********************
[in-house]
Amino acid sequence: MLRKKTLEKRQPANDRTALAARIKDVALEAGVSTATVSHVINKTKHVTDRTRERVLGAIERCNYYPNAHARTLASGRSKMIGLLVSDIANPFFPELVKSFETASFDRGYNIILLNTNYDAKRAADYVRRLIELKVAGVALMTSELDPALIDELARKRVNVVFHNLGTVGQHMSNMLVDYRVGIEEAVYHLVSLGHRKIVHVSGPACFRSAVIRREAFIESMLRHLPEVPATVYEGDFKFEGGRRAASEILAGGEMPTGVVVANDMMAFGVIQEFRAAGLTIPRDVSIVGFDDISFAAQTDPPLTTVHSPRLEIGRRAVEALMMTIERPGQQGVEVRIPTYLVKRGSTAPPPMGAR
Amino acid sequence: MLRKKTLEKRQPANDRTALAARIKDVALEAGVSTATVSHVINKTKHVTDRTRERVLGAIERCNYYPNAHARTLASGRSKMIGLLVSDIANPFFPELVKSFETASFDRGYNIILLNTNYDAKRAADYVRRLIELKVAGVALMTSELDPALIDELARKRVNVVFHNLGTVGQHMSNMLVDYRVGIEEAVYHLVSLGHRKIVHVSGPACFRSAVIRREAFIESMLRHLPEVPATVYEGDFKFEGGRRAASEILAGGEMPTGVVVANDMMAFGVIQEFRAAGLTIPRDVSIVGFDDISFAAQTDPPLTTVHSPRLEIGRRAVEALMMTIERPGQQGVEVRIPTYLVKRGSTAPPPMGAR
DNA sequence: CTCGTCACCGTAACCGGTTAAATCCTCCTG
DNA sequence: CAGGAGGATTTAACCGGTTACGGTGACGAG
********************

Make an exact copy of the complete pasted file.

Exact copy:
[in-house]
Amino acid sequence: MLRKKTLEKRQPANDRTALAARIKDVALEAGVSTATVSHVINKTKHVTDRTRERVLGAIERCNYYPNAHARTLASGRSKMIGLLVSDIANPFFPELVKSFETASFDRGYNIILLNTNYDAKRAADYVRRLIELKVAGVALMTSELDPALIDELARKRVNVVFHNLGTVGQHMSNMLVDYRVGIEEAVYHLVSLGHRKIVHVSGPACFRSAVIRREAFIESMLRHLPEVPATVYEGDFKFEGGRRAASEILAGGEMPTGVVVANDMMAFGVIQEFRAAGLTIPRDVSIVGFDDISFAAQTDPPLTTVHSPRLEIGRRAVEALMMTIERPGQQGVEVRIPTYLVKRGSTAPPPMGAR
Amino acid sequence: MLRKKTLEKRQPANDRTALAARIKDVALEAGVSTATVSHVINKTKHVTDRTRERVLGAIERCNYYPNAHARTLASGRSKMIGLLVSDIANPFFPELVKSFETASFDRGYNIILLNTNYDAKRAADYVRRLIELKVAGVALMTSELDPALIDELARKRVNVVFHNLGTVGQHMSNMLVDYRVGIEEAVYHLVSLGHRKIVHVSGPACFRSAVIRREAFIESMLRHLPEVPATVYEGDFKFEGGRRAASEILAGGEMPTGVVVANDMMAFGVIQEFRAAGLTIPRDVSIVGFDDISFAAQTDPPLTTVHSPRLEIGRRAVEALMMTIERPGQQGVEVRIPTYLVKRGSTAPPPMGAR
DNA sequence: CTCGTCACCGTAACCGGTTAAATCCTCCTG
DNA sequence: CAGGAGGATTTAACCGGTTACGGTGACGAG